The Fundamentals of Caring (2016)
Written by Jonathan Evison (book) and Rob Burnett (screenplay)
Directed by Rob Burnett
“I told you I only date assholes.” ~ Dot
“Yes, and I’m not an asshole. And since you want an asshole, my not being an asshole makes me more of an asshole than the assholes that you normally date, because they’re giving you exactly what you want, whereas I, by not being an asshole, am not. Which makes me an asshole.” ~ Trevor
“I can’t believe I actually understood that.” ~ Dot
Five minutes in and I knew I was going to like this film. A bit more than five minutes in, when I realized that the majority of the movie would be “on the road” my heart did a little two-step, and that gypsy soul of mine who LOVES road trips did a twirl, and I knew I was going to love this film. And yes, I did love it.
Meet Ben Benjamin, beyond his unfortunate name (I mean, it isn’t even superhero-ish in its alliteration), he is a seemingly stunted individual who has a vacancy about him that is initially undefined. We see him reluctant (to say the least) to accept the reality of his pending divorce, and we meet him at a crossroads, pleading somewhat with a mother and son to be given his first shot as a caregiver.
We learn soon that Ben’s vacant demeanor is caused by grief and a PTSD-type haze that paralyzes him momentarily with flashbacks of his deceased young son. Ben is searching for something – redemption? Maybe. Forgiveness of self? More than maybe. A new hope? Yeah, I think so. Ben definitely needs a chance at something.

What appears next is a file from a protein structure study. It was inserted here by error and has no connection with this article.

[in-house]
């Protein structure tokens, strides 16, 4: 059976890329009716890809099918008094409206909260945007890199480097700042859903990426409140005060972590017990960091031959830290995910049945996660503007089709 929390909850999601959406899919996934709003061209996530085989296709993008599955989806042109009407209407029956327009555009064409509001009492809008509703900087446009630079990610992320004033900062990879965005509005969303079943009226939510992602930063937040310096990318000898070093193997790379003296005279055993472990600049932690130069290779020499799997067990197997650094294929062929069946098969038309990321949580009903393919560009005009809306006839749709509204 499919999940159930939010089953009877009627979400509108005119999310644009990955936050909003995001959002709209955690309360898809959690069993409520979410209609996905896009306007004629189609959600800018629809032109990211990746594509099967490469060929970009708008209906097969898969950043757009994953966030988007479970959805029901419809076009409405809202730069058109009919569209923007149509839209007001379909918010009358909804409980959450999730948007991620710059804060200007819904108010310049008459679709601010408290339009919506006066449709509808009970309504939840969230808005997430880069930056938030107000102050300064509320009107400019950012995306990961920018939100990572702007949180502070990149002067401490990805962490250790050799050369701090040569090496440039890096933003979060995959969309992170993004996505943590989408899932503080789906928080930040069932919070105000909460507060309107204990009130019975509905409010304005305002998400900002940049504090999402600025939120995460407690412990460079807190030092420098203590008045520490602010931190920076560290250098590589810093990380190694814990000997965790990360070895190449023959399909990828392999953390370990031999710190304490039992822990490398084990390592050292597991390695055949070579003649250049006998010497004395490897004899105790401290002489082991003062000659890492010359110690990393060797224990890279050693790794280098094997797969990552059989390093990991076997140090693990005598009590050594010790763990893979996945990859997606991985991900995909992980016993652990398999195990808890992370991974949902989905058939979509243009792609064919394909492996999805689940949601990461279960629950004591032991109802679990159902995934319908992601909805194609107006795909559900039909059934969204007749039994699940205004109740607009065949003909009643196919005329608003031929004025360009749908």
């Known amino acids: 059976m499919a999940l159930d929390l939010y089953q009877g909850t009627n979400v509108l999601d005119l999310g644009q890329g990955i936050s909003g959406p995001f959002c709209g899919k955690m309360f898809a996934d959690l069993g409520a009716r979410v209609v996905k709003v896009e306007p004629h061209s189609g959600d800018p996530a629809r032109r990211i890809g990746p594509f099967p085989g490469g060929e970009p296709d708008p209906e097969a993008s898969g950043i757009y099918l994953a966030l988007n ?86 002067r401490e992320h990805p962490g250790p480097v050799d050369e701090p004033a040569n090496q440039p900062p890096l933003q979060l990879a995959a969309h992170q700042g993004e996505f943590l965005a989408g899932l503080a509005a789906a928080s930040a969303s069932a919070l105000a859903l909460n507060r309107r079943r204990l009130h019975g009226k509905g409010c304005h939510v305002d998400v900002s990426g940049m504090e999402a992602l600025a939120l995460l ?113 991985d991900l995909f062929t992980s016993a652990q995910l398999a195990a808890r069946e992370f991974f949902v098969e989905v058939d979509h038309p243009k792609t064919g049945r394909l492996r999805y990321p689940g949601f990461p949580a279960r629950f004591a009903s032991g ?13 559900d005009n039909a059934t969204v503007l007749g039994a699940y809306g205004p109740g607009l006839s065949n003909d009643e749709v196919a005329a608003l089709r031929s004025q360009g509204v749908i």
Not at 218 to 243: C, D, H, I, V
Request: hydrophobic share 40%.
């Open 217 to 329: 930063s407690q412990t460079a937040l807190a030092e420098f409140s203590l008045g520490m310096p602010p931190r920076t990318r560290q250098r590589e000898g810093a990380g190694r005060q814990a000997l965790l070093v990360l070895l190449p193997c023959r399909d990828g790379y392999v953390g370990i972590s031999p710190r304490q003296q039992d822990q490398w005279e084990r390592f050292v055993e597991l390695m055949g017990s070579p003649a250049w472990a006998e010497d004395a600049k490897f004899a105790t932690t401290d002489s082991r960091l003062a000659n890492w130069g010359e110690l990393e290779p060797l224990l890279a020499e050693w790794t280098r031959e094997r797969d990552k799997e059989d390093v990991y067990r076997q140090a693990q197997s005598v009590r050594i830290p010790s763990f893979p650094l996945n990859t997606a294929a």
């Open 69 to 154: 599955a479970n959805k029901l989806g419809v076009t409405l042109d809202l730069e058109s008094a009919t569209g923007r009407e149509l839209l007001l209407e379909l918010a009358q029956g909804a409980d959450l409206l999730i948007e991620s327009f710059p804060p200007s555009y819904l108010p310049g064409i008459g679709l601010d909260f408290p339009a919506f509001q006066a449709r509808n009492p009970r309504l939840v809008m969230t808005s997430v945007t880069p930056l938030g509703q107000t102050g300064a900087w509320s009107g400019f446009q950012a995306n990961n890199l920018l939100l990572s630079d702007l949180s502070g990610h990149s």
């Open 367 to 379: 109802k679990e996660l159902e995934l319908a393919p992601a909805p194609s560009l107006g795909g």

Meet Trevor. He is wheelchair bound with limited capacities. He’s sarcastic and dark humored and also grieving, but in a more resigned way. He is definitely in need of a chance and some kind of hope and an adventure outside of his TV room and meals of frozen waffles and short trips to the park.
We also have Dot. A runaway/hitchhiker/gypsy on her own way to redemption-adventure-new chance at something. They make up an unlikely trio who will have you laughing and caring a lot. This could have fallen into over-sentimentality and tragedy, but it never did. It has tons of heart, but also humor and realism and damn likable characters who are all significantly flawed.
The writing is sharp in this, wit with a heart of gold. The performances are tops, especially Paul Rudd, Craig Roberts and Selena Gomez. Please, please, please put Craig and Selena in more films.
There are some twists in the story, and there are some predictable moments, but the film is not based, nor hinged, on either. This is about people, about family – both the ones we are born into, and the ones we choose, about firsts, and about chances.
The movie made me laugh more than cry, though I did do both. It also made me itch to go on a real road trip, with ridiculous roadside attractions as the main, and multiple, destination(s).
This one has definitely made the list of a favorite films.
“This is what road trips are all about.”
This is the Only Time We Have :: Ryan Miller